New research by a team of US and UK scientists into volcanoes has found that they function in a far more complex way than previously thought, making future eruptions even harder to predict.
The findings by scientists at the University of East Anglia (UEA) in the UK and Penn State University and the University of Arkansas in the US, will be published in the journal Science on Friday October 10.
The principal discovery is that rather than 'ballooning' at depth, as previously thought, the pressurised magma in fact recharges the volcano repeatedly, causing episodic eruptions at the surface.
The research was conducted on the Caribbean island of Montserrat, a UK territory on which the Soufrière Hills Volcano has been erupting since 1995. It has caused widespread damage to the island and its infrastructure, resulting in the displacement of so many people that the island's population has reduced from 13,000 to just 4,500. In 1997, avalanches of hot rocks, known as pyroclastic flows, destroyed the capital town of Plymouth and the island's airport. More than 20 people were killed.
The team of scientists and colleagues at the Montserrat Volcano Observatory measured the surface flux of lava through detailed topographic surveys of the lava dome and deposits. They also measured the response of the ground surface around the volcano using GPS (global positioning system) to assess the amount of inflation or deflation in response to magma movement. They have developed a physical model to reconcile these measurements and provide a picture of how magma moves from the mid-crust to the surface.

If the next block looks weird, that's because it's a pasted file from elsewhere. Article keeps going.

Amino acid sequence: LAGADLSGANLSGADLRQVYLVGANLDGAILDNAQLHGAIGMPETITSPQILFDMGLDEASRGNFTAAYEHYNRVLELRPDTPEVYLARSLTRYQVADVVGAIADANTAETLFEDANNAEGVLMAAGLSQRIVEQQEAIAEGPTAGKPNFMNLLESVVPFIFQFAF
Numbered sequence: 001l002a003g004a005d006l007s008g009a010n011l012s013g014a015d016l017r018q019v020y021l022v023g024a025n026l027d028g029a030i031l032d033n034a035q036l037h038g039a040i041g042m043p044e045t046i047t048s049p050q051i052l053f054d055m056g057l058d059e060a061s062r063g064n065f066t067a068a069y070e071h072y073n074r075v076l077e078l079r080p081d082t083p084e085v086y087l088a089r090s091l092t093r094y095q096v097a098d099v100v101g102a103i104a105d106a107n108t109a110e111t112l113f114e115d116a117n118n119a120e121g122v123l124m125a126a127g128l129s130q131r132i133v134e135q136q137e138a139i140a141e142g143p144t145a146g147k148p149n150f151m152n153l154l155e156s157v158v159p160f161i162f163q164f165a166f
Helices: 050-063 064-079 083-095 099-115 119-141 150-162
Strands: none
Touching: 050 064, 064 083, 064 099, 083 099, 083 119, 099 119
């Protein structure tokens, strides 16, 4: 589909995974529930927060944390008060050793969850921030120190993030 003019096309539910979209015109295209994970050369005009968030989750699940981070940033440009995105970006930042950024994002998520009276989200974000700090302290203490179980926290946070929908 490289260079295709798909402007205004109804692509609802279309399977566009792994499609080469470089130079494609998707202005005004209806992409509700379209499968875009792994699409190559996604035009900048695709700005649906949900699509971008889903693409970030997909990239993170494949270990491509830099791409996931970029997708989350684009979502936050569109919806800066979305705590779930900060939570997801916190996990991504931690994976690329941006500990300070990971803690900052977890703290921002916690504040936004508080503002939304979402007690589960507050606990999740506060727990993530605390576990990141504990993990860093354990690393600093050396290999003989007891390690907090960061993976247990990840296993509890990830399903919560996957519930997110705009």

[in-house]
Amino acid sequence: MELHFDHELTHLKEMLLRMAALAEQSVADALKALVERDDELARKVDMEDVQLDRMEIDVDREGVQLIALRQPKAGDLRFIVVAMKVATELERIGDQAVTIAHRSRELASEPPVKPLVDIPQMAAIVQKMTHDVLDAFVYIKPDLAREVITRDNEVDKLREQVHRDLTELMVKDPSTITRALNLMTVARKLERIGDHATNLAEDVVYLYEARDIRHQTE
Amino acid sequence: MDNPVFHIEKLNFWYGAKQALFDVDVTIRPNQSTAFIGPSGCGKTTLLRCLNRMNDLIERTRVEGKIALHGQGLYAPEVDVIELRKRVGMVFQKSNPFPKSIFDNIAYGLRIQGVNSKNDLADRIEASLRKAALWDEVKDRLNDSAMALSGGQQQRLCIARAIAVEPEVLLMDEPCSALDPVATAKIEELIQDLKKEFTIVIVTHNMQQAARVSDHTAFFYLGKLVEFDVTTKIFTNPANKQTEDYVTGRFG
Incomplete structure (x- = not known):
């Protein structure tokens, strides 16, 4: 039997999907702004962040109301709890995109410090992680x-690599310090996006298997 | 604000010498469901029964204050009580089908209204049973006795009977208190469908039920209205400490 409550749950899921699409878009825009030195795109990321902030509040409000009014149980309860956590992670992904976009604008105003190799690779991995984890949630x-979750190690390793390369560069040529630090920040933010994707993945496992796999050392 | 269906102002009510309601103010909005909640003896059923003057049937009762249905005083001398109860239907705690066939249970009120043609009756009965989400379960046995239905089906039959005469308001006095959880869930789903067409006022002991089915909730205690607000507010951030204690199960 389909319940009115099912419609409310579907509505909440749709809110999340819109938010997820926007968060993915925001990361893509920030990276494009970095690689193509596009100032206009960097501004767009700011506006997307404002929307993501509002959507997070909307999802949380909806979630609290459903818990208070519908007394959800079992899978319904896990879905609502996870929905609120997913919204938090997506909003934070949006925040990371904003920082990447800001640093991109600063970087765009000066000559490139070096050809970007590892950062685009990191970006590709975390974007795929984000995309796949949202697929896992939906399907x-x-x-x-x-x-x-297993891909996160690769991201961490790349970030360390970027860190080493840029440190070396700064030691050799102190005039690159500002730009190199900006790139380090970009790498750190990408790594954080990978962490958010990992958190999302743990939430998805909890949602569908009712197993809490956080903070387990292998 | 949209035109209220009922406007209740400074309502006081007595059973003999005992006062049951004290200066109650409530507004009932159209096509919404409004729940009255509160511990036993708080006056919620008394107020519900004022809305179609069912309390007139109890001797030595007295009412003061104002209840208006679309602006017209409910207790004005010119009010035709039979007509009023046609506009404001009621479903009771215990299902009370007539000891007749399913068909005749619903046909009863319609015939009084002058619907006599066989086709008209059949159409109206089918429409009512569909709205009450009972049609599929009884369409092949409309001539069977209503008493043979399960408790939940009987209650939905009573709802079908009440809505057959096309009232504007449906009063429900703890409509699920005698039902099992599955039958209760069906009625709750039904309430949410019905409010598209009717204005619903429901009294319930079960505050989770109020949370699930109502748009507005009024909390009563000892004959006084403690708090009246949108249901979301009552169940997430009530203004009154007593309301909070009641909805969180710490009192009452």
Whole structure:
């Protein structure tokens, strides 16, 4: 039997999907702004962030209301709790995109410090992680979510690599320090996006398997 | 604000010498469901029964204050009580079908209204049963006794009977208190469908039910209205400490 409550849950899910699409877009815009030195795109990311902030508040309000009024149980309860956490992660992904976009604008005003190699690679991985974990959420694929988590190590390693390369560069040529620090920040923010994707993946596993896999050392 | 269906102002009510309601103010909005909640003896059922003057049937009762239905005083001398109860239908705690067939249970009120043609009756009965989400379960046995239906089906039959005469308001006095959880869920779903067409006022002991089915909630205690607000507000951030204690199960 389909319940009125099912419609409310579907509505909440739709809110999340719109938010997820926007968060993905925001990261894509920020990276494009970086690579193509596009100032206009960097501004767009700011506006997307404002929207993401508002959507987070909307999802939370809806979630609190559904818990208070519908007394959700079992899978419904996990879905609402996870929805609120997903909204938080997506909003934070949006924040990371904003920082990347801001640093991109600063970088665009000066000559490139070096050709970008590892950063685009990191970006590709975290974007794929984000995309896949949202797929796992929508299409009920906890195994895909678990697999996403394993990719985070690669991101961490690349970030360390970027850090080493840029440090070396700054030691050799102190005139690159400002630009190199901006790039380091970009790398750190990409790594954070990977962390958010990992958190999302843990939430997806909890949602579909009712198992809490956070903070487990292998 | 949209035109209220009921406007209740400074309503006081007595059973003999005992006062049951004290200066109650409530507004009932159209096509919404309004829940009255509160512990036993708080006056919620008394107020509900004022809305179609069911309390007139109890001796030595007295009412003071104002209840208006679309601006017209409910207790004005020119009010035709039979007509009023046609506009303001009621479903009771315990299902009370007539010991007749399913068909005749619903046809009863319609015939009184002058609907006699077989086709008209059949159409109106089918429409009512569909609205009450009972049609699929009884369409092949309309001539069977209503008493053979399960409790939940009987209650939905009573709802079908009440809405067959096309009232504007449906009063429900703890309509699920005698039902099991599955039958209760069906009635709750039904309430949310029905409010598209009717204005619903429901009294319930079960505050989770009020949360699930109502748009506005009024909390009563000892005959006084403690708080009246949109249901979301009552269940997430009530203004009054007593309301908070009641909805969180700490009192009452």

Richard Herd of the University of East Anglia said: "I worked on Montserrat for seven years and saw at first hand the terrible devastation inflicted by the Soufrière Hills Volcano.
"Our findings show volcanic eruptions to be even more complex than we had originally believed and illustrate the urgent need for further research into this and other volcanoes."
'Implications of Magma Transfer Between Multiple Reservoirs on Eruption Cycling' by Derek Elsworth, Joshua Taron and Barry Voight (all Penn State University), Richard Herd (University of East Anglia and Glen Mattioli (University of Arkansas) is published in Science on October 10.